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This chapter is from the book

Reporting Services: The Main Components

In a nutshell, to author a report, the developer creates a report definition using the Report Designer add-in to Visual Studio .NET 2003 or a third-party authoring tool. [4] While under development, each report definition is maintained in its own XML file, which is given the file extension of "RDL". We'll tell you more about RDL later on; however, succinctly, RDL files contain the layout, graphics, connection, and query information as well as Report Parameter definitions and almost all other report logic. Using the Report Designer, developers can author, tune, and refine reports without having to access the Report Server. At design time, reports can be "previewed" using the Report Designer, which provides a close approximation of what the finished report will look like when rendered by the Report Processor.

Delving into the intermediate language (IL) of these components (which is, of course, expected of a potty-trained geek like me) leads one to conclude that C# was the developer's language of choice.


Once a report definition is complete, the report is published, or "deployed," to a Report Server where it becomes a compiled managed report. At this point, the DBA or report administrator can decide how and to whom a report is to be made available.

Yes, but those folks were C++ geeks and not smart enough to learn Visual Basic .NET.


The Report Server exposes a SOAP [5] interface, through which these managed reports can be programmatically manipulated. Straight out of the box, there is a fully functional Report Manager. This is an ASP-based application that sits on top of the Report Server's SOAP interface and provides a user-friendly GUI environment with which to manage reports. Additionally, there is a Report Scripting Utility (rs.exe) that enables you to execute scripts that make calls to the SOAP interface.

OK, Bill, I'll let you win. The Visual Basic .NET geeks can be smarter, if that's what you want, but the C# geeks will remain richer. "Developers who program primarily in C# earn 26 percent more than those who develop primarily in Visual Basic .NET."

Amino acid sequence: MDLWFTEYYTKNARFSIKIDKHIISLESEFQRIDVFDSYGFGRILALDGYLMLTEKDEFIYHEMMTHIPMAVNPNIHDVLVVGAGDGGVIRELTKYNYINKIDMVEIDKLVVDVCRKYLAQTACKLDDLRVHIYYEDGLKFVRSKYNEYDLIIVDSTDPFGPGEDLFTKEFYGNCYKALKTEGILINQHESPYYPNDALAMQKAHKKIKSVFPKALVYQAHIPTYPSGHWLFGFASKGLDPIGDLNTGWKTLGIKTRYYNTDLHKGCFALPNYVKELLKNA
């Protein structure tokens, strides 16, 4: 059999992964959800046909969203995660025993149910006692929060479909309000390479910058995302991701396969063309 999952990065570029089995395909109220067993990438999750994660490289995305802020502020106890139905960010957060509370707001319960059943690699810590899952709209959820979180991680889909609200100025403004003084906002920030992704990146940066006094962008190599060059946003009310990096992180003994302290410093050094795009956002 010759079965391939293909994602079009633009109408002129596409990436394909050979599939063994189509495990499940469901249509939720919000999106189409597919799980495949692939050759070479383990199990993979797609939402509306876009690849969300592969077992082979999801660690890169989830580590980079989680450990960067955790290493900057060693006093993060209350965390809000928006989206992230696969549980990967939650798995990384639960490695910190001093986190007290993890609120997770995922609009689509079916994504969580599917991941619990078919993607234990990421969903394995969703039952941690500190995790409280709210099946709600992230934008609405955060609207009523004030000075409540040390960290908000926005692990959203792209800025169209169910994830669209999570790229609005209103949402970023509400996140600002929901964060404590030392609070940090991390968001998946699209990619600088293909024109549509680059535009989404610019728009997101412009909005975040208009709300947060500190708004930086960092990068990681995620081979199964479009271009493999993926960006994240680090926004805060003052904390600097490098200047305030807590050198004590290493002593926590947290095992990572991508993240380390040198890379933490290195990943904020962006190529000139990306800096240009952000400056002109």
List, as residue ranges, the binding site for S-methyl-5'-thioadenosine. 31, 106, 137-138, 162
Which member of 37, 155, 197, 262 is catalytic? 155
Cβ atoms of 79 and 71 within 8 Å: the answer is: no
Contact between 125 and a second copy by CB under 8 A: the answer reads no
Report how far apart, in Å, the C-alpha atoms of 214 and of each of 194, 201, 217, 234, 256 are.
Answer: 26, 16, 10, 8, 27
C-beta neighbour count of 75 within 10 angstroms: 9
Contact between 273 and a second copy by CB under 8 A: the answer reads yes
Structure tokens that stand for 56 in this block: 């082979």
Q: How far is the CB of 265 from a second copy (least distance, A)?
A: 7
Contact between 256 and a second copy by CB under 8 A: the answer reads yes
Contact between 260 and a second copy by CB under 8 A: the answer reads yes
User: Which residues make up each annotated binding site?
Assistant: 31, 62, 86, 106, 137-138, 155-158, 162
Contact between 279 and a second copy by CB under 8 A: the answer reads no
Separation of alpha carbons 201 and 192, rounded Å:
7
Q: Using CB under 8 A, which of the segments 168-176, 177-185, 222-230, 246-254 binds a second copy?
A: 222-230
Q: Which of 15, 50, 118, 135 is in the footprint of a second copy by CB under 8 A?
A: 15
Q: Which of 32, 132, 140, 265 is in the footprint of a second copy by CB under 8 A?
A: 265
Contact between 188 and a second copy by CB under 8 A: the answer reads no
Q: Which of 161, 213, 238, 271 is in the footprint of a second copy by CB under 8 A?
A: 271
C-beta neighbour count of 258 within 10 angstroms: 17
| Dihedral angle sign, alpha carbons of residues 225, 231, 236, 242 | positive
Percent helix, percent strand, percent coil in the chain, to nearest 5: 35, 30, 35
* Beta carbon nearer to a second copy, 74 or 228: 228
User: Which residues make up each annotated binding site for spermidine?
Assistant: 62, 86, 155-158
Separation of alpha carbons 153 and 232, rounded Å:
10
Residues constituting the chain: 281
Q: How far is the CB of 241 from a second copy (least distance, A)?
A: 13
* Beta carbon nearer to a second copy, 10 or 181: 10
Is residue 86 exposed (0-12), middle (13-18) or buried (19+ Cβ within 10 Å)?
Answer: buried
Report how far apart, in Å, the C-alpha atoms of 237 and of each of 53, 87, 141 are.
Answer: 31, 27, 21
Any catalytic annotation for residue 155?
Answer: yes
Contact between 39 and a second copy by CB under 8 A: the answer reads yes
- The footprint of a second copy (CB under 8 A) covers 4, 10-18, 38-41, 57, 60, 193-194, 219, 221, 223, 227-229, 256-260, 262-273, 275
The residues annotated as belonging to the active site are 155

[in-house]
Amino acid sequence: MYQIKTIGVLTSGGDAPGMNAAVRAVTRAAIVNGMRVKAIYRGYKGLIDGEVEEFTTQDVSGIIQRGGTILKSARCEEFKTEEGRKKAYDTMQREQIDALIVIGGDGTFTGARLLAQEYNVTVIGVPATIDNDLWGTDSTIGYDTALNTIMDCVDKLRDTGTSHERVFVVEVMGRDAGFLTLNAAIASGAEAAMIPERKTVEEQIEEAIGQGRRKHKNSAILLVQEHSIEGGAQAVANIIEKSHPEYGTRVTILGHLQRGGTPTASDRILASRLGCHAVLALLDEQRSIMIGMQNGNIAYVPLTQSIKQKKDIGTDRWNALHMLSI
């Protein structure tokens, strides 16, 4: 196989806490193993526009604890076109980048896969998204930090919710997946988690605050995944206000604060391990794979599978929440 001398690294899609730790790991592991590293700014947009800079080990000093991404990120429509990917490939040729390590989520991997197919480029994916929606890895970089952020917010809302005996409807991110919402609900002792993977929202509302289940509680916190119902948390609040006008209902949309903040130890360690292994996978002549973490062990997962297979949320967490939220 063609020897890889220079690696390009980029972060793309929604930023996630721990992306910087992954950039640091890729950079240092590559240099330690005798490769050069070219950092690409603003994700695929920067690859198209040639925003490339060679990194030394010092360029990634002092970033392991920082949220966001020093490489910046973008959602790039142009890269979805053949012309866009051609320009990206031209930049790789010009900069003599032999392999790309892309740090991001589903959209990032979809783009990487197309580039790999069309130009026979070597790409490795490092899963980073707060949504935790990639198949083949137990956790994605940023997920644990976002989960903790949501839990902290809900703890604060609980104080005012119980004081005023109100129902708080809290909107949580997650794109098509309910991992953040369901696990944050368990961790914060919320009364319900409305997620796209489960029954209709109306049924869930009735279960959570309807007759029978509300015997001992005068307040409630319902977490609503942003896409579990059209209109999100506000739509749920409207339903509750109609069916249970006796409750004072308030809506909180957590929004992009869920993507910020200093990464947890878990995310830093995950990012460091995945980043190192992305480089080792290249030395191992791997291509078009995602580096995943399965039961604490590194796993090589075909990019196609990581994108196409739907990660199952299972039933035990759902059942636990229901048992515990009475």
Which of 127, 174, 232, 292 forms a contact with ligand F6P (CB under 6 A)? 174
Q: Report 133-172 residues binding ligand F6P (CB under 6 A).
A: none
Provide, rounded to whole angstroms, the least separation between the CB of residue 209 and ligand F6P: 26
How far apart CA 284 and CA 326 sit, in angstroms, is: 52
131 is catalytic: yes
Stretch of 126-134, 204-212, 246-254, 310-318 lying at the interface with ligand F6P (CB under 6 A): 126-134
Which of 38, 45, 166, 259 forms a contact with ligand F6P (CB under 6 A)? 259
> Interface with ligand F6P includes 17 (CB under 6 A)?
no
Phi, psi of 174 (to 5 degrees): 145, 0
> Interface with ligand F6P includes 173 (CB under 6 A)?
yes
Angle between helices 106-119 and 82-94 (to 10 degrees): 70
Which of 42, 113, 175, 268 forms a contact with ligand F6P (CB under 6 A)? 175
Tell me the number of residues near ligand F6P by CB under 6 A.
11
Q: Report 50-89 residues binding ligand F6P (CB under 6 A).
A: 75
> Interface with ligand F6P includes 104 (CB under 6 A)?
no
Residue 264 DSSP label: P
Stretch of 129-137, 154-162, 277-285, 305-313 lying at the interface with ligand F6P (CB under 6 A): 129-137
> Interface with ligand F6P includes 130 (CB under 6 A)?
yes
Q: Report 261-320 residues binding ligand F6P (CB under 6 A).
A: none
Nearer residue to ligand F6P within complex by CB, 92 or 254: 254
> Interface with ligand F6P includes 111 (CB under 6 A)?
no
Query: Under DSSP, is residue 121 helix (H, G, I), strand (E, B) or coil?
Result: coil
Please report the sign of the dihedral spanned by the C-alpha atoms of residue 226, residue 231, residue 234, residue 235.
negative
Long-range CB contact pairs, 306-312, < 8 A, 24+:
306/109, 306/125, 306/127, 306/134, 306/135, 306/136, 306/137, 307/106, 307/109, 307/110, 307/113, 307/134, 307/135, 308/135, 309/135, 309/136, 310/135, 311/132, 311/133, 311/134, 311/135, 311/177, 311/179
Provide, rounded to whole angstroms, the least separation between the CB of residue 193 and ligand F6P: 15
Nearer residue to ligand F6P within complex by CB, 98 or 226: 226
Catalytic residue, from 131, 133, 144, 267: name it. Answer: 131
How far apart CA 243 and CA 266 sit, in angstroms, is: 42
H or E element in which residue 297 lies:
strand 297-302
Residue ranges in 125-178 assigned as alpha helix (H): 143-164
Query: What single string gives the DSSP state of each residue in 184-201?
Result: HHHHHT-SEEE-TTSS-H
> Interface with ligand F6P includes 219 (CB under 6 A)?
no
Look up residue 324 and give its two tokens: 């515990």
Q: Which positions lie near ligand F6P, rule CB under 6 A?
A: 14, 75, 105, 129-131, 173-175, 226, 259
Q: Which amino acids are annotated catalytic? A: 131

We'll show you how to launch managed reports from code or simply tune up or customize the existing Report Manager. When it's time to view a managed report, the compiled report definition is fed to the Report Processor, which fetches the data, merges it with the report layout, renders the report into a selected format, and streams back the result. Reports can be processed on demand or according to customizable schedules. It's all really very simple. But don't close the book yet. There are a few more details that you'll want to know.

Yes, but C# programs take 28 percent longer to write, so they spend more time at the office while the Visual Basic programmers are out having a life.


Reporting Services is composed of a number of well-integrated components, most of which are written in .NET managed code. Some of these components we'll be exploring, and we shall see that they consist of open and extensible subcomponents. The overall look and feel of the Reporting Services Report Designer is reminiscent of web (ASP) application development in Visual Studio .NET or the Report Designer in Microsoft Access—but it's far more flexible. To build a report you first define the location of the source of its data, lay out some controls on the report surface, and bind those controls to the data. For much of this, it's all drag and drop. When the report is generated, the Report Server extrudes the report in much the same way that the ASP.NET engine returns HTML from a web page. But Reporting Services does not stop there. It can also render reports in a variety of other ways, as we'll soon explain.

Nice try, but if you read the article, this was based on hourly rates.


Here are the main components of Reporting Services:

  • A Visual Studio .NET 2003 add-in Report Designer for authoring reports. As we'll show you in Chapters 3, 6, and 7, this is alarmingly reminiscent of the Report Designer in Microsoft Access. [6] It extends Visual Studio .NET 2003 to permit developers to define Reporting Services DataSets, specify a query and layout, and preview and deploy the report definitions, which are saved to report definition (RDL) files in the project and then when deployed, are saved to the Report Server database as intermediate language (IL).

  • An ASP.NET XML Web Service–based Report Server works in conjunction with a .NET Windows System ReportServer Service to process and provide managed reports in a variety of rendered output streams and stores its configuration, processing information, and other metadata in SQL Server.

  • An ASP.NET web application–based Report Manager for centralized report management is an important tool for DBAs, developers, and users. It's designed for report management and is an ideal and secure platform for users to select and launch reports. The Report Manager permits developers or database administrators (DBAs) to define or modify Data Sources, locate and organize reports, and create Subscriptions, which permit reports to be e-mailed on a scheduled basis. We detail the Report Manager in Chapter 4.

Figure 1.1 gives you the basic idea how the basic Reporting Services components fit together.

01fig01.jpgFigure 1.1 SQL Server Reporting Services Overview

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